Sunday, February 8, 2009

If you want me to re-enact the pottery scene from "Ghost", it will cost you extra.

I'm looking for a "real" job these days as my sales are way down and my inventory is way up. I've sent my resume off to a few interesting job prospects: 1) a dog toy factory looking for a customer service rep and 2) a funeral home seeking a funeral planner. The second one really captivated my imagination as it looks like a job that would have real meaning and it could be a satisfying thing to do for a living. I have a feeling I would be good at helping grieving people and it would be fascinating to have such a radical career change at this stage in my life. But neither of these potential employers have called back, so my life has yet to go off on a different tangent. Perhaps it's just as well.

A number of people have suggested that I teach pottery lessons and this is a good idea, of course, because I have the skills and the studio for this type of business venture. But I've always had an aversion to the thought of teaching people how to throw pots and I finally figured out why. On a recent episode of NPR's "Wait Wait Don't Tell Me" the panelists were joking about a news story about British music teachers having to don protective ear muffs to save themselves from the sound of loud, poorly performed music. Host Peter Sagal quipped, "It's like forcing an animal lover to work in a slaughterhouse." This is exactly why I don't relish the thought of filling my kiln with a lot of beginning potters' work. I really love well-crafted pots and I think it would be tough to be involved in a money making venture where the physical byproduct is mediocre pottery. Call me a prima donna, but that's how I feel about it. I just don't have the passion to teach pottery.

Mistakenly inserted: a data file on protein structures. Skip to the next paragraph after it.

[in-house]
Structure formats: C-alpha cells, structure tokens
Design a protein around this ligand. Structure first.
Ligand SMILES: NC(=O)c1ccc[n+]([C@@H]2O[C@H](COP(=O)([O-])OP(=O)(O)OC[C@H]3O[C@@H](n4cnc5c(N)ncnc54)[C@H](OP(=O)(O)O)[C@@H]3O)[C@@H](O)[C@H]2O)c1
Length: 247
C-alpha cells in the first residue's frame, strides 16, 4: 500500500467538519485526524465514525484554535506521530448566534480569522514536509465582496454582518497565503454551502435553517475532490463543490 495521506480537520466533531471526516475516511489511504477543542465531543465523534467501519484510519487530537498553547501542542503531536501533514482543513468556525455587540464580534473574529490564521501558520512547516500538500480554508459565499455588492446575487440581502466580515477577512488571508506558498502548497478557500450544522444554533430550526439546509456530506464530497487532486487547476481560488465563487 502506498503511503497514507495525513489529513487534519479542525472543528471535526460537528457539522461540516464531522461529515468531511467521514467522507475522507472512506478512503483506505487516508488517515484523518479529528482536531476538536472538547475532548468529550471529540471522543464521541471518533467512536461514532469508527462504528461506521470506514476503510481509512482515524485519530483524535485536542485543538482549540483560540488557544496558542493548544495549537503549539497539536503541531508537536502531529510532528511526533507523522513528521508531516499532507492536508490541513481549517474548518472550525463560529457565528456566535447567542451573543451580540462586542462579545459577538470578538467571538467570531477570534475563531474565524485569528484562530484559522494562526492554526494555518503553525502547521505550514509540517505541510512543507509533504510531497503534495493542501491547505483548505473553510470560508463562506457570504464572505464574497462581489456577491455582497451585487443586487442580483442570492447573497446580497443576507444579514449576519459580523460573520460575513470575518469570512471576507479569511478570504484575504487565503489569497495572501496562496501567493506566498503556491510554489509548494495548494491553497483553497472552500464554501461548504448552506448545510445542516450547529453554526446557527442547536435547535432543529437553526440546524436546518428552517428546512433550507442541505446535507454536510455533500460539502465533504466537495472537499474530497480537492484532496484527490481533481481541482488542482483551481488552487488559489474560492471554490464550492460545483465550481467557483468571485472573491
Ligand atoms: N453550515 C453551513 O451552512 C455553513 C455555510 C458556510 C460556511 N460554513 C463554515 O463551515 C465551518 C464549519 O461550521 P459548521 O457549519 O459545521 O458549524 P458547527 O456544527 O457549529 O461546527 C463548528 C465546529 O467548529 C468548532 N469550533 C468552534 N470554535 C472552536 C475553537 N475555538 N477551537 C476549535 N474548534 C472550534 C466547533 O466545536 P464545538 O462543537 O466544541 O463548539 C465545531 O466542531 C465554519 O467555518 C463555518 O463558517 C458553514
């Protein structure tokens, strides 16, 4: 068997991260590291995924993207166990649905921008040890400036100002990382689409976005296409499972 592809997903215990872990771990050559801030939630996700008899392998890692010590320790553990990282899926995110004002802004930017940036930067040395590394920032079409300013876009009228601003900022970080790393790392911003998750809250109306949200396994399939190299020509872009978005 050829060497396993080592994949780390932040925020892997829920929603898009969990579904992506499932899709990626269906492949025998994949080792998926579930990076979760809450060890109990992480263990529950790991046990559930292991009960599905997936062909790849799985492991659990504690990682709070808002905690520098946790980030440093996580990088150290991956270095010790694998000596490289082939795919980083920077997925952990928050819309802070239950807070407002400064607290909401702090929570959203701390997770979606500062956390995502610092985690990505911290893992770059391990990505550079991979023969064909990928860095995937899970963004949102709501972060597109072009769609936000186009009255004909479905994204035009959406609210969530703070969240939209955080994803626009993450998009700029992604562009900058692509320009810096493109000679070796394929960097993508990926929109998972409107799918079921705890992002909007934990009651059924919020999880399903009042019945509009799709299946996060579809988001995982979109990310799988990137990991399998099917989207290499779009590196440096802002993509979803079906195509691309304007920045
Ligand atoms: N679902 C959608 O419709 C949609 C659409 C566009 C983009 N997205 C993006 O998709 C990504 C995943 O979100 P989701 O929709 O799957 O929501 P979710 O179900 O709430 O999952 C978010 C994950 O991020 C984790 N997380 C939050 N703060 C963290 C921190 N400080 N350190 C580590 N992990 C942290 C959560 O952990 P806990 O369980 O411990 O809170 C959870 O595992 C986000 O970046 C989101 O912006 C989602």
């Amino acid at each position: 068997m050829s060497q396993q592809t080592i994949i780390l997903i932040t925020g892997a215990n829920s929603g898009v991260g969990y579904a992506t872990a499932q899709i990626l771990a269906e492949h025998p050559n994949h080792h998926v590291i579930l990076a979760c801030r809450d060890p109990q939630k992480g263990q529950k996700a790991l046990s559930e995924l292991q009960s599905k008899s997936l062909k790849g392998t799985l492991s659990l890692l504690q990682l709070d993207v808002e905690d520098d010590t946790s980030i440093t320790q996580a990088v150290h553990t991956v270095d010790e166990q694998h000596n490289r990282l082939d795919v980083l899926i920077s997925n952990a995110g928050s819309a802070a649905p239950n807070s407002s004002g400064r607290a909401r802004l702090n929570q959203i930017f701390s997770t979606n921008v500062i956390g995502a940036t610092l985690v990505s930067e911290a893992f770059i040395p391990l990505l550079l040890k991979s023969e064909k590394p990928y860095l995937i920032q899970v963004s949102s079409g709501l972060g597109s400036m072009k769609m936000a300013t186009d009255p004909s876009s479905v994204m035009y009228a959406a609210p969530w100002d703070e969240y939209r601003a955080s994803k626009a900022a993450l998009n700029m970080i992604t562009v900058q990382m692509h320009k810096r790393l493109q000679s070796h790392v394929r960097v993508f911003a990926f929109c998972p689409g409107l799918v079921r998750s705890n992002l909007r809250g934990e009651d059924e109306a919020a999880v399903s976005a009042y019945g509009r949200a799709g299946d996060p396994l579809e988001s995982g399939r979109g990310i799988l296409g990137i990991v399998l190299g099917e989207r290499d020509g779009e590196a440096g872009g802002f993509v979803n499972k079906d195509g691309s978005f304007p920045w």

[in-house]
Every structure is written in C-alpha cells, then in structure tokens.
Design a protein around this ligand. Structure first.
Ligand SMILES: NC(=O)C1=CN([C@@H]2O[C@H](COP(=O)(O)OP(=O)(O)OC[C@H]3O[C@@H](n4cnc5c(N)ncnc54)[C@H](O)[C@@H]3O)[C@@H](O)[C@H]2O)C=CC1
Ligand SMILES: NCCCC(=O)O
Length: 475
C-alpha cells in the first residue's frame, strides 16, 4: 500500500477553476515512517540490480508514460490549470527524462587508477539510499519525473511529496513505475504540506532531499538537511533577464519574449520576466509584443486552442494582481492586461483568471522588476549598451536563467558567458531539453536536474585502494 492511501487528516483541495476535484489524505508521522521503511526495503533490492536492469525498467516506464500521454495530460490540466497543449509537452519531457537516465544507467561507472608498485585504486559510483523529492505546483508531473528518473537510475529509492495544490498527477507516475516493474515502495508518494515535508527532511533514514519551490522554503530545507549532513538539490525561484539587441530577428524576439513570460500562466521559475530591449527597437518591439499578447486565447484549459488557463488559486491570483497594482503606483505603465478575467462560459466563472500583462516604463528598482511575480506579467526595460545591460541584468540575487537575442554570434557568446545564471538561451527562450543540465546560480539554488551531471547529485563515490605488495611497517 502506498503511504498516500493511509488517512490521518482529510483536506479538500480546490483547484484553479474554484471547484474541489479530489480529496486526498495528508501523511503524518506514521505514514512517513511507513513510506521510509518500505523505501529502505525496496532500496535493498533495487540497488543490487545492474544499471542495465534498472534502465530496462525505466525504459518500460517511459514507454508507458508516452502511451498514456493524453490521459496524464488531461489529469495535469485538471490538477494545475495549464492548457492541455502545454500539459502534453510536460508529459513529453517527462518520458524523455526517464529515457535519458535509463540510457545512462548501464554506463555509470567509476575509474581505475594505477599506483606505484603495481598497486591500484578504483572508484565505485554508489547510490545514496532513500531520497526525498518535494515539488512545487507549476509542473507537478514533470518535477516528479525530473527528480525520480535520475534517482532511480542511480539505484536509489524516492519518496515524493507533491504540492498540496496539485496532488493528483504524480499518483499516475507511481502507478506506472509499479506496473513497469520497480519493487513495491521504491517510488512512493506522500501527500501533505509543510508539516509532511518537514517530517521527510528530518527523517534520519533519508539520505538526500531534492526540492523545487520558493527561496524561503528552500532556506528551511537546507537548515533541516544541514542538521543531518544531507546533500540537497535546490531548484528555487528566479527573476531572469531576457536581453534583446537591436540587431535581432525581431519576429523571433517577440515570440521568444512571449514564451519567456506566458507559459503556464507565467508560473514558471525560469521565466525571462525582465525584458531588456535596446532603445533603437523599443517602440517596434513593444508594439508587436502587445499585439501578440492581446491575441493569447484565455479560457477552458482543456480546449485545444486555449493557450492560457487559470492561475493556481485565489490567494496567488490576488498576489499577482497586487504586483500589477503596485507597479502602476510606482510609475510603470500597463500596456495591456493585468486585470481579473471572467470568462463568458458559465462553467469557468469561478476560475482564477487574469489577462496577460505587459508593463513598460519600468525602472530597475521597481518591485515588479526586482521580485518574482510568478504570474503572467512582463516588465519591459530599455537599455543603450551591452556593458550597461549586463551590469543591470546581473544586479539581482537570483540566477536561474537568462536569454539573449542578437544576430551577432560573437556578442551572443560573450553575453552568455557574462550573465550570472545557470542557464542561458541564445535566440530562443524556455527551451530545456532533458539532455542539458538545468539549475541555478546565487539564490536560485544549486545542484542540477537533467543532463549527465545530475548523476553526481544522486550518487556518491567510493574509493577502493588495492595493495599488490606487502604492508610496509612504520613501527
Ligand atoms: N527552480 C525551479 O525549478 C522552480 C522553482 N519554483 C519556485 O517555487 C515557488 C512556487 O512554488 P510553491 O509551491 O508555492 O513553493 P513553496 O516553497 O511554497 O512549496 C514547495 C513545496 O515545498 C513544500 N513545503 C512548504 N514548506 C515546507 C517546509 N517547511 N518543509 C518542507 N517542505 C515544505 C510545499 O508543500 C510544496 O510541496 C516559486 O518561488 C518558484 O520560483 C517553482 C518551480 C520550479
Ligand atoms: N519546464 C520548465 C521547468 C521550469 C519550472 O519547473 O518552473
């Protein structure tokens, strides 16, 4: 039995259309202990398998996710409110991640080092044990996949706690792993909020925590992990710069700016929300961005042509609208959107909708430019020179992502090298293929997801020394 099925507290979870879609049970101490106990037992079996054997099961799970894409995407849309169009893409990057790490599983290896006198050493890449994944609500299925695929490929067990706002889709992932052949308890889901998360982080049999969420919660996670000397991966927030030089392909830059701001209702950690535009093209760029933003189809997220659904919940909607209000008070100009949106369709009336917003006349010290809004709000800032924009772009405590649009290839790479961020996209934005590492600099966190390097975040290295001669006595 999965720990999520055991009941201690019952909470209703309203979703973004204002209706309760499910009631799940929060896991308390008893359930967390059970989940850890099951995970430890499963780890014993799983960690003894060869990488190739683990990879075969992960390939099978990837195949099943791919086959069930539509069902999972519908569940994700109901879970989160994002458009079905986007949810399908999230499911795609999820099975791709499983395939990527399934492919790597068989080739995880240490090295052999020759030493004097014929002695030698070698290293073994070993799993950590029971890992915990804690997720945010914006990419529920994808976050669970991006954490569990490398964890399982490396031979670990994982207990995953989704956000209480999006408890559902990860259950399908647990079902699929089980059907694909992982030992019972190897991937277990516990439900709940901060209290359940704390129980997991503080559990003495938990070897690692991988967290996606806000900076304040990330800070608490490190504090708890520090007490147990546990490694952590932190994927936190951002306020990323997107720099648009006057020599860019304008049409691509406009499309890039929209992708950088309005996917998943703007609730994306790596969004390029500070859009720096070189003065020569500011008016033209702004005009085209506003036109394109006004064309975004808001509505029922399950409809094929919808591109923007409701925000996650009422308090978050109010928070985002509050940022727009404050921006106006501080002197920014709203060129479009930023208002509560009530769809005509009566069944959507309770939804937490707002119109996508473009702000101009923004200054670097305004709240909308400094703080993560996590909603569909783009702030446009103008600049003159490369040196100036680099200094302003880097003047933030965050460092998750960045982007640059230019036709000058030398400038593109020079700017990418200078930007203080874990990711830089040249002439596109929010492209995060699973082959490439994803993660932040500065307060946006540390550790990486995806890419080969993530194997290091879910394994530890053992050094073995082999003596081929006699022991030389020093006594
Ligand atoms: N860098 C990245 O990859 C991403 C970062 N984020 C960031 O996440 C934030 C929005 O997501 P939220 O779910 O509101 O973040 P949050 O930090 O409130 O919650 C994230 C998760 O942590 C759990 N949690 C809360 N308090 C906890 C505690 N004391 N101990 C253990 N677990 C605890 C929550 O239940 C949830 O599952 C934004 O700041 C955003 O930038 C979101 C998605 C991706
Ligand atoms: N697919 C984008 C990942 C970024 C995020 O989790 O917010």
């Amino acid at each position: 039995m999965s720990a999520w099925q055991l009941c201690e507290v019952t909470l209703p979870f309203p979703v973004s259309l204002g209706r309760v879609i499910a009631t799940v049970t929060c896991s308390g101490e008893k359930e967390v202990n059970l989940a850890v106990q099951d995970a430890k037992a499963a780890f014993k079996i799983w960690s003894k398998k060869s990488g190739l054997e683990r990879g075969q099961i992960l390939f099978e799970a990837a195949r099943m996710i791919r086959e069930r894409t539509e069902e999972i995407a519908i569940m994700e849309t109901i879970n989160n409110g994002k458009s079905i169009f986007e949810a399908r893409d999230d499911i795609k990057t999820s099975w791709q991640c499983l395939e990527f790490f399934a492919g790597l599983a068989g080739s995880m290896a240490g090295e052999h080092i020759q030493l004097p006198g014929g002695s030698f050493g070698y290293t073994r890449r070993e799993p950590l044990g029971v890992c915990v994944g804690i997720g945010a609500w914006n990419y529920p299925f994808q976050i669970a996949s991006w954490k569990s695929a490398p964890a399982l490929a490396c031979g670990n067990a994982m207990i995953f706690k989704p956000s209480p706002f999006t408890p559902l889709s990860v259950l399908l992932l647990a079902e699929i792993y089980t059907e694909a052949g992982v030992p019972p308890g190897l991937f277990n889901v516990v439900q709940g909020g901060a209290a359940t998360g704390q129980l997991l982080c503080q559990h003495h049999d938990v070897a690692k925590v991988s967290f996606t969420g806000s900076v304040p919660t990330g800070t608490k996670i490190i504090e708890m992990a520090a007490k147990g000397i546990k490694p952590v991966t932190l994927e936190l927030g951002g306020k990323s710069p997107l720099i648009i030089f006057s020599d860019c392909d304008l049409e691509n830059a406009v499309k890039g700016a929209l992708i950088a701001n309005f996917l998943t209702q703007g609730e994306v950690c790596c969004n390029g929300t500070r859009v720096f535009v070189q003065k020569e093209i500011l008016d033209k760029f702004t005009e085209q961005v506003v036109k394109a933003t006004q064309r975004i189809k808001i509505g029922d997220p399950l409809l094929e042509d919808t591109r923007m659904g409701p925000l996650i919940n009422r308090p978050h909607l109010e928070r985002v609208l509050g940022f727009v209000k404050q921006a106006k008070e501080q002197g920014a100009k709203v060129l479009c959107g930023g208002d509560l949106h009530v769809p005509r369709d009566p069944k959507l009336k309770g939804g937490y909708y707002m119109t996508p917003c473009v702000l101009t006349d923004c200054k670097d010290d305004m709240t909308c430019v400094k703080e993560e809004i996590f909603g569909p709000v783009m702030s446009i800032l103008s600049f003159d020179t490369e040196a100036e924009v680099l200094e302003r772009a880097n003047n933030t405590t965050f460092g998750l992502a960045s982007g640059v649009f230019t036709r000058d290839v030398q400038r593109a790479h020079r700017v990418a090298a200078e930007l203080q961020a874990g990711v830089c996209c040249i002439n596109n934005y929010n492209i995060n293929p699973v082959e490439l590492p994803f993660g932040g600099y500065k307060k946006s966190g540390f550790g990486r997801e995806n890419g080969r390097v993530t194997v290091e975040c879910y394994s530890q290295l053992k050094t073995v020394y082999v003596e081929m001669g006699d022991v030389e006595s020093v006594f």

The other problem with being a pottery teacher is the fact that most people's impression of throwing on the wheel is shaped by one movie alone: "Ghost". That sizzling scene with Demi Moore and Patrick Swayze is still the image that most people conjure up when they think of my line of work. I suppose this could be a hook that I could use to make some real money. I could charge extra for the the "Ghost" experience... light some candles and play the right music. If I'm going to prostitute myself, I might as well do it right.


Alline Anderson said...

God, I HATED that movie. Just in case your funeral industry job wasn't tongue in cheek, you MUST check out Grave Matters: A Journey Through the Modern Funeral Industry to a Natural Way of Burial (Paperback)
by Mark Harris. Actually, check it out either way. Absolutely stunning, eye-opening, and yes, it will change your life (and death, too, for that matter!)

Tom Edwards said...

I wasn't joking Alline. That line of work sounds really intriguing to me and it would be a real challenge to do. But I never got a call back from the funeral folks so that path in my life probably won't happen. I haven't read his book, but I did hear Mark Harris interviewed on "Fresh Air" and his book sounds fascinating. Thanks!